The 2009 Stockholm Water Prize, the water world’s equivalent of the Nobel, was awarded to Dr. Bindeshwar Pathak, the founder of the Sulabh Sanitation Movement in India and whose work is known worldwide for advancement and focus in the areas of public health, social progress and human rights.
He has done extensive work since founding the organization in 1970 supporting the installation of modernized, sanitary toilet systems to eliminate the traditional practice of human waste “scavenging” by India’s untouchables caste.
In a 2007 paper titled The Human Right to Water, Pacific Institute Program Director Dr. Peter Gleick argues that water should officially be declared a basic human right. This and similar issues around water and human sanitation as a basic human right were on the top of the list of issues discussed at the 2009 World Water Week in Stockholm that just concluded. The conference brought together leaders, academics and activists from around the world and focused on the world water crisis.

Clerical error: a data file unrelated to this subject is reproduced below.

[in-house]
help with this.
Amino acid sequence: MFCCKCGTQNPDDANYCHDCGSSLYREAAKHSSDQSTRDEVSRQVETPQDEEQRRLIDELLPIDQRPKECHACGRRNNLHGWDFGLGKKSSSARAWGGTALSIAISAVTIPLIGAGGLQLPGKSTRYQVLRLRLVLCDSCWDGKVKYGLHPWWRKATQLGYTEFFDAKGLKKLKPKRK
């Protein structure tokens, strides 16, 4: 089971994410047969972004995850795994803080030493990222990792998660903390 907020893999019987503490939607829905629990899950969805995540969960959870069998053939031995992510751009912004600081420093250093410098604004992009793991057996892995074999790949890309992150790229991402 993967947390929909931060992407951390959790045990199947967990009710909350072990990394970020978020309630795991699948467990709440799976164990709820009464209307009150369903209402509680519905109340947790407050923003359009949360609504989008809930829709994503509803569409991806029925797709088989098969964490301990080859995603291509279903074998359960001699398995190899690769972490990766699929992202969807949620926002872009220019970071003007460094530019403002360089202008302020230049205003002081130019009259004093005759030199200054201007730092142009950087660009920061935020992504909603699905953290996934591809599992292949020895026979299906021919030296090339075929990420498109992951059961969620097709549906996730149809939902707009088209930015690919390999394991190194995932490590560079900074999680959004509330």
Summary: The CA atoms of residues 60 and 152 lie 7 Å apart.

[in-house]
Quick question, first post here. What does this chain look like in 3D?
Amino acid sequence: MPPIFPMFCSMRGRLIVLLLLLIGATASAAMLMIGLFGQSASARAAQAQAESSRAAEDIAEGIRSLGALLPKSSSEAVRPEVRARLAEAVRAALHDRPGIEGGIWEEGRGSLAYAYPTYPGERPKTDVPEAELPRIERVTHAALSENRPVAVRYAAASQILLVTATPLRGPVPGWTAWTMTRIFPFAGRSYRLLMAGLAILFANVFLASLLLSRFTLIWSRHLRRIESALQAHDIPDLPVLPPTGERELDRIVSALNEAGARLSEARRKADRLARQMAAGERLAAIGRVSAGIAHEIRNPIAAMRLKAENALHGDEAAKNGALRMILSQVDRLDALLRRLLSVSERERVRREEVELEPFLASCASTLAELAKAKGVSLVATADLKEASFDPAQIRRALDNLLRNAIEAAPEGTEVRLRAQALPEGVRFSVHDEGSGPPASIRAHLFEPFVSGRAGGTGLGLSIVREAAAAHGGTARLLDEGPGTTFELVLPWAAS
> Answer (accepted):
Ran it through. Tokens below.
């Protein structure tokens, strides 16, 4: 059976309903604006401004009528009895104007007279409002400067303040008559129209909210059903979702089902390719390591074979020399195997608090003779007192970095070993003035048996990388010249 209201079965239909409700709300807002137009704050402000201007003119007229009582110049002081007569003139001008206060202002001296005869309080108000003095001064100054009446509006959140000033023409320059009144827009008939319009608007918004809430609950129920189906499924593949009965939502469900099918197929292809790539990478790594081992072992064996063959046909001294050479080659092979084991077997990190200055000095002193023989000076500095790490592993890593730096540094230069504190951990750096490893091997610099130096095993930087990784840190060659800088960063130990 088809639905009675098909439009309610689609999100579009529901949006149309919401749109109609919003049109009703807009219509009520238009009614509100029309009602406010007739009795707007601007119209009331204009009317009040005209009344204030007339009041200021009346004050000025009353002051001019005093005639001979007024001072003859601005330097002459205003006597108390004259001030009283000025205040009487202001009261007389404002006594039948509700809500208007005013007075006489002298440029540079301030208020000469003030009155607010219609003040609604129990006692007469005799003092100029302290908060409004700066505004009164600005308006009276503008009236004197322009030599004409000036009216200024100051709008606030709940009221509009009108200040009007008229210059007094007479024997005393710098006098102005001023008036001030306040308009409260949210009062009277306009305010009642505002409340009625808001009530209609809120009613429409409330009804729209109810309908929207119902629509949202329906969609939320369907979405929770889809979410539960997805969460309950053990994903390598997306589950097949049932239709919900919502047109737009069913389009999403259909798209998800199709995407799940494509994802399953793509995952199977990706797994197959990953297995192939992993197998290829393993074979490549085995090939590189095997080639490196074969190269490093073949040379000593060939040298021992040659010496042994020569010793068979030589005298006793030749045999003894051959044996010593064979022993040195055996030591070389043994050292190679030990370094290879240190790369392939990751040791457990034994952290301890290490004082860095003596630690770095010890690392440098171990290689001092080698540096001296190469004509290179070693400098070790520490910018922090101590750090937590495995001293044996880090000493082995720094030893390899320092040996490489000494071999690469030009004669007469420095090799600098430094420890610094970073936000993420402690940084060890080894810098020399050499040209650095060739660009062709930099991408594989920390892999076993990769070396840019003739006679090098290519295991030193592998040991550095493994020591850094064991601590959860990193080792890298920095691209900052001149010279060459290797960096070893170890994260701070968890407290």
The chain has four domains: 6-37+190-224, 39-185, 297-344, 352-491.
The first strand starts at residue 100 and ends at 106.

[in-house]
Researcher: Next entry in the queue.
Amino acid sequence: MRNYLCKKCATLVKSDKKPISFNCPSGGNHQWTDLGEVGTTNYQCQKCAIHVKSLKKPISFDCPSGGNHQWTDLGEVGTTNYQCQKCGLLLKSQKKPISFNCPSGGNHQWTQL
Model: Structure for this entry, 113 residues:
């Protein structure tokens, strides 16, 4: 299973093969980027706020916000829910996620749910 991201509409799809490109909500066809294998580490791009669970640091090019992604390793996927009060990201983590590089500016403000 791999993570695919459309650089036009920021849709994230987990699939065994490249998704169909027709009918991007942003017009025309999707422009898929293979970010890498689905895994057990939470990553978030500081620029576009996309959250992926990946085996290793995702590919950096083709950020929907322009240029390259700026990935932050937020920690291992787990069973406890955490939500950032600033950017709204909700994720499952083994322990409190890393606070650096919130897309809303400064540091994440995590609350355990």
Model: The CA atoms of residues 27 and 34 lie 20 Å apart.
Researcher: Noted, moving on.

In his acceptance speech Dr. Pathak emphasized the close relationship between water and sanitation:
“If water is honoured by the Prize being named after it, the importance of sanitation, its sibling, cannot be left far behind. The two complement rather than compete with each other. Provision of sanitation provides dignity and safety, especially to women, and reduction of child mortality. As a matter of fact, safe water and sanitation go hand in hand for improvement of community health.”
The host and organizer of Water Week was the The Stockholm International Water Institute (SIWI) “a policy institute that seeks sustainable solutions to the world’s escalating water crisis.” The institute is involved in management, research and publishing around water, environmental, governance and human development issues.